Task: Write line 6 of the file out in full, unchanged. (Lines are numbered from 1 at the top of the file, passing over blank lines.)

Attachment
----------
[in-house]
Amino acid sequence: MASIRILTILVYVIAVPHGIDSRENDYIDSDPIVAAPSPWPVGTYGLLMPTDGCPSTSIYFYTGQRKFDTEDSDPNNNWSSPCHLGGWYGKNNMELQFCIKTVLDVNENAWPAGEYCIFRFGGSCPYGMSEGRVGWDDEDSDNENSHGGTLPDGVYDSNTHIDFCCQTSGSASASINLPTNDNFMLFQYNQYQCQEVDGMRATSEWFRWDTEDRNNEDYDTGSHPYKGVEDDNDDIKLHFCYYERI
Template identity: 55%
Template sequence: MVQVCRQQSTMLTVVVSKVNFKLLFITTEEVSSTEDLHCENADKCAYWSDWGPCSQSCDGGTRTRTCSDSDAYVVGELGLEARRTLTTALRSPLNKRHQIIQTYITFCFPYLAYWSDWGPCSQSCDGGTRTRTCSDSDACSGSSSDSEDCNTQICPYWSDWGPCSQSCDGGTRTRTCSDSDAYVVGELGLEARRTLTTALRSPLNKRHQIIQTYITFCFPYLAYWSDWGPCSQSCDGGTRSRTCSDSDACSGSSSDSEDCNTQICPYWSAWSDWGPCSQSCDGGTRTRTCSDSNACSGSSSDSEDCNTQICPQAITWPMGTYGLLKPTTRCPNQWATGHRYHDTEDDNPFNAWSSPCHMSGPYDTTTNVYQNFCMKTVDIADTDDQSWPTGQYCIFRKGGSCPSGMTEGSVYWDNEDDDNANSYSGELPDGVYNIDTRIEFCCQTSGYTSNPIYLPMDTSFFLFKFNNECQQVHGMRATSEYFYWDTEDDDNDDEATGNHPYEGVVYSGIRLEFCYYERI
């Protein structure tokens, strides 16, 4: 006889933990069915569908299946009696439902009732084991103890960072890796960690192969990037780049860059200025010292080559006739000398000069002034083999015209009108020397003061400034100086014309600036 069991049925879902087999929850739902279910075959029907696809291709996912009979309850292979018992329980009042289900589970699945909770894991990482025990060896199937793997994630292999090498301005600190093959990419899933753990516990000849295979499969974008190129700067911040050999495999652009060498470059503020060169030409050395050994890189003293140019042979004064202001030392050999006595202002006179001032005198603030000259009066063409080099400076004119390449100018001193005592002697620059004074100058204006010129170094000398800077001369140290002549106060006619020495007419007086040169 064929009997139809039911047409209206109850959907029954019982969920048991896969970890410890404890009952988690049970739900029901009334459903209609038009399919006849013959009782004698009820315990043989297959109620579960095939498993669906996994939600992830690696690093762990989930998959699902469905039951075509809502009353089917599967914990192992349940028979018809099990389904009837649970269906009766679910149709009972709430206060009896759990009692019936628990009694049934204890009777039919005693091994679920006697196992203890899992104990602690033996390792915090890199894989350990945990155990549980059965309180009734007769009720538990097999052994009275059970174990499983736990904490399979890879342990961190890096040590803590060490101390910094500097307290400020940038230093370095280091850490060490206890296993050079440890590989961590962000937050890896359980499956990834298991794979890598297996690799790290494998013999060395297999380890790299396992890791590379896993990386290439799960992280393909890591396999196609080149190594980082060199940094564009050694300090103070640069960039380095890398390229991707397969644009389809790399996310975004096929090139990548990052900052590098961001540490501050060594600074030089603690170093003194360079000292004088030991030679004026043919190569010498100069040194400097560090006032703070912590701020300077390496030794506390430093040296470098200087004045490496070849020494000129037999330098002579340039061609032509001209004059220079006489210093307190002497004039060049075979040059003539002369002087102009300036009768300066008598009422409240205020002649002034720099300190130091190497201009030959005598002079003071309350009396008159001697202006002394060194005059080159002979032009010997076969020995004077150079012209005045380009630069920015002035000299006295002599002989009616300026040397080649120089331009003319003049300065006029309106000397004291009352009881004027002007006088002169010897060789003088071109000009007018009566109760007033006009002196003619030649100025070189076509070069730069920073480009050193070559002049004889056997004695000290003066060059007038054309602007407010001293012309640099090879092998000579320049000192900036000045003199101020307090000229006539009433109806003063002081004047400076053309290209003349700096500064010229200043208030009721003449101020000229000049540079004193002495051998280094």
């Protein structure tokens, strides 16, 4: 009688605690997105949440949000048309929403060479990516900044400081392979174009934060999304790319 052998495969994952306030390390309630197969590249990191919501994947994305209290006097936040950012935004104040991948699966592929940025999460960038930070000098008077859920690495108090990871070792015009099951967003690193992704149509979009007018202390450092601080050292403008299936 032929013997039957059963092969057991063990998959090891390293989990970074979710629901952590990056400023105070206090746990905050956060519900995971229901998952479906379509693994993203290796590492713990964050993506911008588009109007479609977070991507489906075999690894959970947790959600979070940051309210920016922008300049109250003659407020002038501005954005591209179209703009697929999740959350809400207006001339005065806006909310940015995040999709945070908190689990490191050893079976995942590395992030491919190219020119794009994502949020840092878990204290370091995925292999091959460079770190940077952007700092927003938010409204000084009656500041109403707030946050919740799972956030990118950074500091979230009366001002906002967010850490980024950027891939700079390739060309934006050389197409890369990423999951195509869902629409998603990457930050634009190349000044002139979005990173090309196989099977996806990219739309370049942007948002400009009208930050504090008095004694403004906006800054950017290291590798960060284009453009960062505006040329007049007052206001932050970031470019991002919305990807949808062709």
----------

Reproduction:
């Protein structure tokens, strides 16, 4: 009688605690997105949440949000048309929403060479990516900044400081392979174009934060999304790319 052998495969994952306030390390309630197969590249990191919501994947994305209290006097936040950012935004104040991948699966592929940025999460960038930070000098008077859920690495108090990871070792015009099951967003690193992704149509979009007018202390450092601080050292403008299936 032929013997039957059963092969057991063990998959090891390293989990970074979710629901952590990056400023105070206090746990905050956060519900995971229901998952479906379509693994993203290796590492713990964050993506911008588009109007479609977070991507489906075999690894959970947790959600979070940051309210920016922008300049109250003659407020002038501005954005591209179209703009697929999740959350809400207006001339005065806006909310940015995040999709945070908190689990490191050893079976995942590395992030491919190219020119794009994502949020840092878990204290370091995925292999091959460079770190940077952007700092927003938010409204000084009656500041109403707030946050919740799972956030990118950074500091979230009366001002906002967010850490980024950027891939700079390739060309934006050389197409890369990423999951195509869902629409998603990457930050634009190349000044002139979005990173090309196989099977996806990219739309370049942007948002400009009208930050504090008095004694403004906006800054950017290291590798960060284009453009960062505006040329007049007052206001932050970031470019991002919305990807949808062709």